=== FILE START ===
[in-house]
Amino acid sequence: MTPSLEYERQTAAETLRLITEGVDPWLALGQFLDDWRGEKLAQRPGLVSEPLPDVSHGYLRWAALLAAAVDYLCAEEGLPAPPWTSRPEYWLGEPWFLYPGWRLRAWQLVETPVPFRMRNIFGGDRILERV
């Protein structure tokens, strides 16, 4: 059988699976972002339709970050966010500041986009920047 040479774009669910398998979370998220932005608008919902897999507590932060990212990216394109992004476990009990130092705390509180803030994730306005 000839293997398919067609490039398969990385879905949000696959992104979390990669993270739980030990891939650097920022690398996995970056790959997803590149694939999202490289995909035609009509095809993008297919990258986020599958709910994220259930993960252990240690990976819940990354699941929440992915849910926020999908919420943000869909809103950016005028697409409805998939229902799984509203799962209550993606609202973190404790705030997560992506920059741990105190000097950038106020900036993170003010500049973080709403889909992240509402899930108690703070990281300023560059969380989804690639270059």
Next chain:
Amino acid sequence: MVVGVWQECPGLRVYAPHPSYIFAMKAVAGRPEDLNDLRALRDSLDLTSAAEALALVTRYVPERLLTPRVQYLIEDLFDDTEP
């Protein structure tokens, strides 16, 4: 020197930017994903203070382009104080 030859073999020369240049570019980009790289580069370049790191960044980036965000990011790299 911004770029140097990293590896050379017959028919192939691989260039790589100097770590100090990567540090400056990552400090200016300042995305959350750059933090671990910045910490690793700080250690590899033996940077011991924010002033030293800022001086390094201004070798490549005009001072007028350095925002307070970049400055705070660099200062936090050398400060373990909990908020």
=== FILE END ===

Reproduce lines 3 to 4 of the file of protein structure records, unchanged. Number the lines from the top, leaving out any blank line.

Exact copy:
């Protein structure tokens, strides 16, 4: 059988699976972002339709970050966010500041986009920047 040479774009669910398998979370998220932005608008919902897999507590932060990212990216394109992004476990009990130092705390509180803030994730306005 000839293997398919067609490039398969990385879905949000696959992104979390990669993270739980030990891939650097920022690398996995970056790959997803590149694939999202490289995909035609009509095809993008297919990258986020599958709910994220259930993960252990240690990976819940990354699941929440992915849910926020999908919420943000869909809103950016005028697409409805998939229902799984509203799962209550993606609202973190404790705030997560992506920059741990105190000097950038106020900036993170003010500049973080709403889909992240509402899930108690703070990281300023560059969380989804690639270059």
Next chain: